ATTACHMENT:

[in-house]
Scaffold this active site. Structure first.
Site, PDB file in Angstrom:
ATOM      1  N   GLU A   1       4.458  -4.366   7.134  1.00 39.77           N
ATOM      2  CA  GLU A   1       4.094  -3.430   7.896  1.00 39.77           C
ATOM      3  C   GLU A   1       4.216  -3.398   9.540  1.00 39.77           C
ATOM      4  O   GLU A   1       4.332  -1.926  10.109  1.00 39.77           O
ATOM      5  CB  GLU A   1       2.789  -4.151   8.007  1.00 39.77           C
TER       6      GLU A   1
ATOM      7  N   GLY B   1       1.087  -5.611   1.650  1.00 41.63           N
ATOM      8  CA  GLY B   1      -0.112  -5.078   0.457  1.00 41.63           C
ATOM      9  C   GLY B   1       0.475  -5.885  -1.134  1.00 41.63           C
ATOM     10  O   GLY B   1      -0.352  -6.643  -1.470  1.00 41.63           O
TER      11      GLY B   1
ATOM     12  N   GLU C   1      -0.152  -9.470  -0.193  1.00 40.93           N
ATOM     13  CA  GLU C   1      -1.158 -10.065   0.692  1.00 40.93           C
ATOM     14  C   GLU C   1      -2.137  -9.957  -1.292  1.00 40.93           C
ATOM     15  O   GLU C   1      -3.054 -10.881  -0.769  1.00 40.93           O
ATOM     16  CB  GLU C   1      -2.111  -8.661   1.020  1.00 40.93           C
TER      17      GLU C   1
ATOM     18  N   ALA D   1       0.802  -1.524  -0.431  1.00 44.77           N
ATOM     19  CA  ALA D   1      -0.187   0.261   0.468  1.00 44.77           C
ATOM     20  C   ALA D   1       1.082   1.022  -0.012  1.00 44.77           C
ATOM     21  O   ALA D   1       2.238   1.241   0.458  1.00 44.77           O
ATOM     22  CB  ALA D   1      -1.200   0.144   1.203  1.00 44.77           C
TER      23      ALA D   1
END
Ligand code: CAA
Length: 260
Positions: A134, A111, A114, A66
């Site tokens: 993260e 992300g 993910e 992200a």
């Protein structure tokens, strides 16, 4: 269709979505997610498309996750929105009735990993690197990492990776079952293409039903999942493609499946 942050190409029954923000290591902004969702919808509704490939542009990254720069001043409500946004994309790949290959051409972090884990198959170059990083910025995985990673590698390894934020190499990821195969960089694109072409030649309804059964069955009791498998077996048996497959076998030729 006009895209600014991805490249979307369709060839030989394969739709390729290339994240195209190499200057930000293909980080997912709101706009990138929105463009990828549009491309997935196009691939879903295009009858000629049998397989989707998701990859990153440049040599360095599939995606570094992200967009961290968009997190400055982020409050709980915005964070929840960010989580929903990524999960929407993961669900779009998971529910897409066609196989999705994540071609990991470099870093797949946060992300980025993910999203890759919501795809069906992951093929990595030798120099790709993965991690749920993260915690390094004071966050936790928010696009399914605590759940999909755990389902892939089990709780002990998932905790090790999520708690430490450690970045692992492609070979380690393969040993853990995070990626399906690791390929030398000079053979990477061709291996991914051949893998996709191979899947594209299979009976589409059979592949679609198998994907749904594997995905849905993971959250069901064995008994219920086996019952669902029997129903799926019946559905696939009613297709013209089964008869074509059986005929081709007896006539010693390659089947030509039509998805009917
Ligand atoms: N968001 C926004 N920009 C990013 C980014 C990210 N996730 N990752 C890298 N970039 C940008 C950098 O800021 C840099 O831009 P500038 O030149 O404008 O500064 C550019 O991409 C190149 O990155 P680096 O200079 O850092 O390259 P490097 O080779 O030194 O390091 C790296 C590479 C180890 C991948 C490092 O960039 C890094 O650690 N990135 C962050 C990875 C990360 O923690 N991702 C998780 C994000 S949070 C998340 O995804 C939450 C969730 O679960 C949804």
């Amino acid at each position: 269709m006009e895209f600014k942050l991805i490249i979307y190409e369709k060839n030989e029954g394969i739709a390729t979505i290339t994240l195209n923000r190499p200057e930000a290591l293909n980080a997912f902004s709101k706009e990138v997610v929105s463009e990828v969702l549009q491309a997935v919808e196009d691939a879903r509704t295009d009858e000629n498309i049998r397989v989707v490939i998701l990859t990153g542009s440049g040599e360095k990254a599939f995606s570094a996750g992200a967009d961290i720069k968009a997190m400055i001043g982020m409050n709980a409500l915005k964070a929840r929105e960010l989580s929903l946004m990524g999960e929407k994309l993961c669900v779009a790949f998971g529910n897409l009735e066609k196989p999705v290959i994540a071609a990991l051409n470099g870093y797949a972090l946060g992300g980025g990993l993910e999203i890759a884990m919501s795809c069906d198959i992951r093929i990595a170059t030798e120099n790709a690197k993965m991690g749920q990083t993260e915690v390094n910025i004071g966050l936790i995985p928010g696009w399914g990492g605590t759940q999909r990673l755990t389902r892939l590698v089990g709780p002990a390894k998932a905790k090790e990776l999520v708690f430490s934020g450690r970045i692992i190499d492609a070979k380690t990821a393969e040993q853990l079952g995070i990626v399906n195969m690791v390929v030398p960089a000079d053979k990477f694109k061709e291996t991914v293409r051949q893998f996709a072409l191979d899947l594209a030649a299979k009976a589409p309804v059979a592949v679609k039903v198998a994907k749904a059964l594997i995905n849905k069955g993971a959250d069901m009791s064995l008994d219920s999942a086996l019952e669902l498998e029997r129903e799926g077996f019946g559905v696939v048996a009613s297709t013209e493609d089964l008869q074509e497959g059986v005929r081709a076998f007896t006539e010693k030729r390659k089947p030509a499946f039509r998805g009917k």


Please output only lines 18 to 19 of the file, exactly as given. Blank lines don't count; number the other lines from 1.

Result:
ATOM     15  O   GLU C   1      -3.054 -10.881  -0.769  1.00 40.93           O
ATOM     16  CB  GLU C   1      -2.111  -8.661   1.020  1.00 40.93           C